DOI: 10.1007/s00259-017-3788-zPages: 2213-2226

Validation and head-to-head comparison of three nomograms predicting probability of lymph node invasion of prostate cancer in patients undergoing extended and/or sentinel lymph node dissection

1. The Netherlands Cancer Institute-Antoni van Leeuwenhoek Hospital, Department of Urology

2. The Netherlands Cancer Institute, Antoni van Leeuwenhoek Hospital, Department of Radiation Oncology

3. School of Medicine and Health Sciences, Carl von Ossietzky University, University Hospital for Urology, Klinikum Oldenburg

Correspondence to:
Nikolaos Grivas
Tel: +31205121543
Email: n.grivas@nki.nl

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Abstract

Purpose

The updated Winter nomogram is the only nomogram predicting lymph node invasion (LNI) in prostate cancer (PCa) patients based on sentinel node (SN) dissection (sLND). The aim of the study was to externally validate the Winter nomogram and examine its performance in patients undergoing extended pelvic lymph node dissection (ePLND), ePLND combined with SN biopsy (SNB) and sLND only. The results were compared with the Memorial Sloan Kettering Cancer Center (MSKCC) and updated Briganti nomograms.

Methods

This retrospective study included 1183 patients with localized PCa undergoing robot-assisted laparoscopic radical prostatectomy (RARP) combined with pelvic lymphadenectomy and 224 patients treated with sLND and external beam radiotherapy (EBRT), aiming to offer pelvic radiotherapy only in case of histologically positive SNs. In the RARP population, ePLND was applied in 956 (80.8%) patients,while 227 (19.2%) patients were offered ePLND combined with additional SNB.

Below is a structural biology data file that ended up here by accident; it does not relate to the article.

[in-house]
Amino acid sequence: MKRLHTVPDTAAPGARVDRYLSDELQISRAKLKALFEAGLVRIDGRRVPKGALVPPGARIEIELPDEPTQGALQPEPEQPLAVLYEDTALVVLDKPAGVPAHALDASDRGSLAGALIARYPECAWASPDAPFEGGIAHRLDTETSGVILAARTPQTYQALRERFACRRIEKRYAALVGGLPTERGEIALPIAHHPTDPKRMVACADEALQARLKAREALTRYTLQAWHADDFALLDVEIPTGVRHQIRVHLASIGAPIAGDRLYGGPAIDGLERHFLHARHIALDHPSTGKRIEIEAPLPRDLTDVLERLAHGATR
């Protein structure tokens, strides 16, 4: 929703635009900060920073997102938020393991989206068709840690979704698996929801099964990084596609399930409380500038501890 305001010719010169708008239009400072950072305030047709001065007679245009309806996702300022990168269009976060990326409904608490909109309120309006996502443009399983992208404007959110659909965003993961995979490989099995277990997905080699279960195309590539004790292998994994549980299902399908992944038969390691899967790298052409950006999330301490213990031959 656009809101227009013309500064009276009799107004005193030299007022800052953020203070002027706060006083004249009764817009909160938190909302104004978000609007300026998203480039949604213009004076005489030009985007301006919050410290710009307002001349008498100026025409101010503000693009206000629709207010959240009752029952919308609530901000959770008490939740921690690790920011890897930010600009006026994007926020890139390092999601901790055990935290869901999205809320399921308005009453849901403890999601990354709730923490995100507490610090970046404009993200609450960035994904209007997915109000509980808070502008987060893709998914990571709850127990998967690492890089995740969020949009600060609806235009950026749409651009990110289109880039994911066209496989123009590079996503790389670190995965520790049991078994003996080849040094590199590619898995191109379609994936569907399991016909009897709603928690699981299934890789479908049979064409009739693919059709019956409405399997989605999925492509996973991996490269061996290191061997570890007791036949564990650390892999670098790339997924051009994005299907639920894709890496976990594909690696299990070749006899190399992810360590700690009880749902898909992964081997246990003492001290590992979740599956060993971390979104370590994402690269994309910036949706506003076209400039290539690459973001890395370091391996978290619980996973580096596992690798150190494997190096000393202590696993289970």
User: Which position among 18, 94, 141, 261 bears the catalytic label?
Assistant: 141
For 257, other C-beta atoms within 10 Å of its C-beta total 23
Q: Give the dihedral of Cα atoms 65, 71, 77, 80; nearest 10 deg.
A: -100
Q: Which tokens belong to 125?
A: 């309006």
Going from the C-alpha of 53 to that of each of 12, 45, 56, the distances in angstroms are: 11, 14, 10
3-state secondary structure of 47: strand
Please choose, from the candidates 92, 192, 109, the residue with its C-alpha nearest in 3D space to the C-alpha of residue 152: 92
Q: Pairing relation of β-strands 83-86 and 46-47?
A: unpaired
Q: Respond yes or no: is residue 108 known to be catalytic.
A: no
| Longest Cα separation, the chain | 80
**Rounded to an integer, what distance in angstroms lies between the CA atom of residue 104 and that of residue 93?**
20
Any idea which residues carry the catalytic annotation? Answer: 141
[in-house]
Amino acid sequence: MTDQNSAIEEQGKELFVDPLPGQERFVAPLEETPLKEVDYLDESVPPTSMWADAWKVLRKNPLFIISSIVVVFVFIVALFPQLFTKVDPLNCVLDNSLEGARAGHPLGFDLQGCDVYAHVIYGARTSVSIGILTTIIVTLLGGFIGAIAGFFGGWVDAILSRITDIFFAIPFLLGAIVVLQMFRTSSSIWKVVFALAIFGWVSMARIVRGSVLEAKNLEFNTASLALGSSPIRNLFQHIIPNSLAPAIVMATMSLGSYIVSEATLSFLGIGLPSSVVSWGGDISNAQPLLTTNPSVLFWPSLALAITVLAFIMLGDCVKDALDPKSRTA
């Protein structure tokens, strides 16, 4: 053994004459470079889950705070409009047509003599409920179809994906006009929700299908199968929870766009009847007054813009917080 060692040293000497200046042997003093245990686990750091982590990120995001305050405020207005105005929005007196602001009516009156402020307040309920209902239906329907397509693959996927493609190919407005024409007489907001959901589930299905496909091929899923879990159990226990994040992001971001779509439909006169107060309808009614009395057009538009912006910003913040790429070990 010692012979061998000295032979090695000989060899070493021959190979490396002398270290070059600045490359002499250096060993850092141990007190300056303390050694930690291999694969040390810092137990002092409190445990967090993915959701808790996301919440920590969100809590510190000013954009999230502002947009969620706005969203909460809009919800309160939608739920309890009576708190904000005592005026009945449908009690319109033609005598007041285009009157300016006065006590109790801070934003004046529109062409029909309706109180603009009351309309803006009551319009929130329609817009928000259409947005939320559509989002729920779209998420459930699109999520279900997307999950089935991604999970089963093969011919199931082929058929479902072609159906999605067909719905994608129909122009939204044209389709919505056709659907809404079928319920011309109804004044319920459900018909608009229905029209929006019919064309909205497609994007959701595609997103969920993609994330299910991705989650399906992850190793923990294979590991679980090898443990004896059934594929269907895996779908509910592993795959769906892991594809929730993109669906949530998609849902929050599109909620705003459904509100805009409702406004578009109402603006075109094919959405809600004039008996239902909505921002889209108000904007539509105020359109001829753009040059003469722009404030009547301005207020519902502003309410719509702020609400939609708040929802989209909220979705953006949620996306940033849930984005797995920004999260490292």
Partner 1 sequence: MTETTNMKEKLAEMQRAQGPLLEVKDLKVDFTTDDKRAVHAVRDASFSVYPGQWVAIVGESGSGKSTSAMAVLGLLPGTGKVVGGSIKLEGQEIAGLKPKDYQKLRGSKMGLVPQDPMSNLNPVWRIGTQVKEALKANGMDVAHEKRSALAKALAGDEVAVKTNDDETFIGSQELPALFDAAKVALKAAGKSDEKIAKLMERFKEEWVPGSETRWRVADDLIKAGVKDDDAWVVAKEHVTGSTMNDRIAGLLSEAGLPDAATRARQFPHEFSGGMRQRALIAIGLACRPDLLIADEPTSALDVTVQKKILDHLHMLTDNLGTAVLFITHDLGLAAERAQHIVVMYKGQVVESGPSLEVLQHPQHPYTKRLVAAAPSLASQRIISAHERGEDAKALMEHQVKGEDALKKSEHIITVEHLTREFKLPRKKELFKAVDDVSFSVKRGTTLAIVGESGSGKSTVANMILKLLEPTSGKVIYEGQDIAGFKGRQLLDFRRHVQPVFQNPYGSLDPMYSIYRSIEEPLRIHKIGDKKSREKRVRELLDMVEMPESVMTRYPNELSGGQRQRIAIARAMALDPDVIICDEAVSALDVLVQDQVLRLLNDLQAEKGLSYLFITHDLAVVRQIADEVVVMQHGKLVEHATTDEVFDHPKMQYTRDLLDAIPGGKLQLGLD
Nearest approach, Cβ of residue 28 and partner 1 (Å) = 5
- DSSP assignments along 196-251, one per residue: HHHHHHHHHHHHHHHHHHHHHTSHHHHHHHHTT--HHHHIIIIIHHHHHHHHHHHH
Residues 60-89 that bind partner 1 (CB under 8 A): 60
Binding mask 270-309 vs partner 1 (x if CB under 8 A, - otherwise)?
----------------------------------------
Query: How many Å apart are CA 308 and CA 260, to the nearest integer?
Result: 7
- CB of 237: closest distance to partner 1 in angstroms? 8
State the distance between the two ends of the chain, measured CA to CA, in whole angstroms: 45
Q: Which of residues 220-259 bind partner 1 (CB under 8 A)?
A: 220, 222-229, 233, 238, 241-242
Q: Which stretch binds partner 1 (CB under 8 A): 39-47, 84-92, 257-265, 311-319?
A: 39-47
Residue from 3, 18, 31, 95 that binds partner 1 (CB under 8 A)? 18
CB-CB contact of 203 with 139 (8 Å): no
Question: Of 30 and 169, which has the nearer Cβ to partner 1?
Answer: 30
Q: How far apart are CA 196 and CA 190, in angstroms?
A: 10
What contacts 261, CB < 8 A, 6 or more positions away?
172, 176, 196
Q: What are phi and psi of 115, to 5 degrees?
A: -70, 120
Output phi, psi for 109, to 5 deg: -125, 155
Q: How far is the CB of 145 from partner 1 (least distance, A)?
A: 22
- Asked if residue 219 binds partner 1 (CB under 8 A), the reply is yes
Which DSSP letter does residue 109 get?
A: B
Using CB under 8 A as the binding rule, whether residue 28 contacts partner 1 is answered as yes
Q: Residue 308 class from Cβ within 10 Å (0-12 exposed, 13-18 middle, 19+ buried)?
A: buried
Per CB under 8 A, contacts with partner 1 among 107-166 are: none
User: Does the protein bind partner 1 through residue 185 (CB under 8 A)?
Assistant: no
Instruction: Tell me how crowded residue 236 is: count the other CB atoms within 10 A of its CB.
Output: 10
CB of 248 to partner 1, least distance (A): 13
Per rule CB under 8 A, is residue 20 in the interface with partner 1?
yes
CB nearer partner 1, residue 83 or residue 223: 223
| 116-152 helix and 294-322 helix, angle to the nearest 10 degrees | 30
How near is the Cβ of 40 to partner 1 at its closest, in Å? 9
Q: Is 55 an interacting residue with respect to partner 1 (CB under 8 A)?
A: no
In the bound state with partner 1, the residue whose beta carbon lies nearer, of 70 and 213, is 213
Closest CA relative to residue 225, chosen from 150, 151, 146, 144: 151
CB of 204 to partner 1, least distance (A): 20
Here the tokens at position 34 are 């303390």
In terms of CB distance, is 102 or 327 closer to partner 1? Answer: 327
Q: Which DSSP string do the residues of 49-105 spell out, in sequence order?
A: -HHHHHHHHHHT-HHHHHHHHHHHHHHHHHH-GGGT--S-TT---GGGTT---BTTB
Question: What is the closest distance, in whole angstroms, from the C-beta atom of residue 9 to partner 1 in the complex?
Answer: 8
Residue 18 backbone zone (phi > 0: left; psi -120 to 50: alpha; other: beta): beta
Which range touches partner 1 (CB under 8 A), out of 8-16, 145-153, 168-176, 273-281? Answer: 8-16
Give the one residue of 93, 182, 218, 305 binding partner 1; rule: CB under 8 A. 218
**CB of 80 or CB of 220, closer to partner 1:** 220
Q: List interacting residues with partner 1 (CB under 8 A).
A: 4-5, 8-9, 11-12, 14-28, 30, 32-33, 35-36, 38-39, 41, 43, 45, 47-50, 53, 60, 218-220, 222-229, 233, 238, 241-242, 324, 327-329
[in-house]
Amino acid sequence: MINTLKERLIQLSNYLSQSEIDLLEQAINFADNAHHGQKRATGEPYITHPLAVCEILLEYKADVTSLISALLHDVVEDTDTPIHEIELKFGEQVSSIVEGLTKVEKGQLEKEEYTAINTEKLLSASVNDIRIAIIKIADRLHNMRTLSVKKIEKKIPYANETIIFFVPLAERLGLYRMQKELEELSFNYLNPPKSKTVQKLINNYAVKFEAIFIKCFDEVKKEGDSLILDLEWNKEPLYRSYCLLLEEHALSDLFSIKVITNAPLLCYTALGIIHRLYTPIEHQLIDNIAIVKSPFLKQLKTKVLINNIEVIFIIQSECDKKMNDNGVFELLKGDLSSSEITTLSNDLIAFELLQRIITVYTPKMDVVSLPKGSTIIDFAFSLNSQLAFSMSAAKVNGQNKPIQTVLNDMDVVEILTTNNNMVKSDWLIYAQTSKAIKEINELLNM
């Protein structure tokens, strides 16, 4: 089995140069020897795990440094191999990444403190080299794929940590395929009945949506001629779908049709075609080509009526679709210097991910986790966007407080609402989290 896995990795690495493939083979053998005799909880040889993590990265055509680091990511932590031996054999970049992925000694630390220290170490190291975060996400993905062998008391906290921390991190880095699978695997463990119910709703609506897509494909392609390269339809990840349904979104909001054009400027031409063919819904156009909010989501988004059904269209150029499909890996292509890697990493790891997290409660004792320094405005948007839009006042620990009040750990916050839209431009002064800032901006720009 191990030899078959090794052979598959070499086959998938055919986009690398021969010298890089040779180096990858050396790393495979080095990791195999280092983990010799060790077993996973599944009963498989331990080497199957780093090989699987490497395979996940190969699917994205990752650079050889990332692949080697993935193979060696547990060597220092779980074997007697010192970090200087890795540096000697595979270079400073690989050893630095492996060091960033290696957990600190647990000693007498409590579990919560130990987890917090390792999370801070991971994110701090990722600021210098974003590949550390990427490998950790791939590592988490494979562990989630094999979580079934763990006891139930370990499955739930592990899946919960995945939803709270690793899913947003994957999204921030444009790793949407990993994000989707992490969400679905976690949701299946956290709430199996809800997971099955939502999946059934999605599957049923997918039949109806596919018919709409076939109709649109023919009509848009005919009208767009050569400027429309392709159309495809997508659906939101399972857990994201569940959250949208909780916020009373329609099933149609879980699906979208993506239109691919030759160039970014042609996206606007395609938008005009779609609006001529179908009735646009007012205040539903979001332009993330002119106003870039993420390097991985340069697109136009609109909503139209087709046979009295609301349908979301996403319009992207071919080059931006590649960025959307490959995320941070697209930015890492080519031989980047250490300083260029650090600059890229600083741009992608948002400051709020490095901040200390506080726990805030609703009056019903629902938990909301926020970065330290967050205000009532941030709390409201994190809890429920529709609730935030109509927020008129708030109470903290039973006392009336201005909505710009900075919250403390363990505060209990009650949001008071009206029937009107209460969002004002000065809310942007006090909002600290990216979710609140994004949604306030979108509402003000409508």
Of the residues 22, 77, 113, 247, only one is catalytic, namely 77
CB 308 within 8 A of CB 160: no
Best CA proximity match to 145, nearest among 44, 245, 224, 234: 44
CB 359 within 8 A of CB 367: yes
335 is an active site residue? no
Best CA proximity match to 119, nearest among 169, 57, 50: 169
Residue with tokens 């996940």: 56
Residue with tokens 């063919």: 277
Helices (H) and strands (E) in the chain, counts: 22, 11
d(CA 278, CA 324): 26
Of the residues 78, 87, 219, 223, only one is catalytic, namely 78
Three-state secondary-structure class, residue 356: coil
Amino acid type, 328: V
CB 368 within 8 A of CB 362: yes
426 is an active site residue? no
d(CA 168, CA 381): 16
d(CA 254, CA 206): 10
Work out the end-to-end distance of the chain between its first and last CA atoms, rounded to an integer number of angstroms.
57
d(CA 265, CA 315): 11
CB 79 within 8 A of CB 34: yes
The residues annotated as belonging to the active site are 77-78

Results

The median numbers of removed nodes were 10 (interquartile range, IQR = 6-14), 15 (IQR = 10-20) and 7 (IQR = 4-10) in the ePLND, ePLND + SNB, and sLND groups, respectively. Corresponding LNI rates were 16.6%, 25.5% and 42%. Based on the AUC, the performance of the Briganti nomogram (0.756) in the ePLND group was superior to both the MSKCC (0.744) and Winter nomogram (0.746). The Winter nomogram, however, was the best predictor of LNI in both the ePLND + SNB (0.735) and sLND (0.709) populations. In the calibration analysis, all nomograms showed better accuracy in the low/intermediate risk patients, while in the high-risk population, an overestimation of the risk for LNI was observed.

Conclusion

The SN-based updated nomogram showed better prediction in the SN population. The results were also comparable, relative to predictive tools developed with (e)PLND, suggesting a difference in sampling accuracy between SNB and non-SNB. Patients who benefit most from the nomogram would be those with a low/intermediate risk of LN metastasis.

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  • Accepted: Jul 19, 2017
  • Online: Aug 5, 2017

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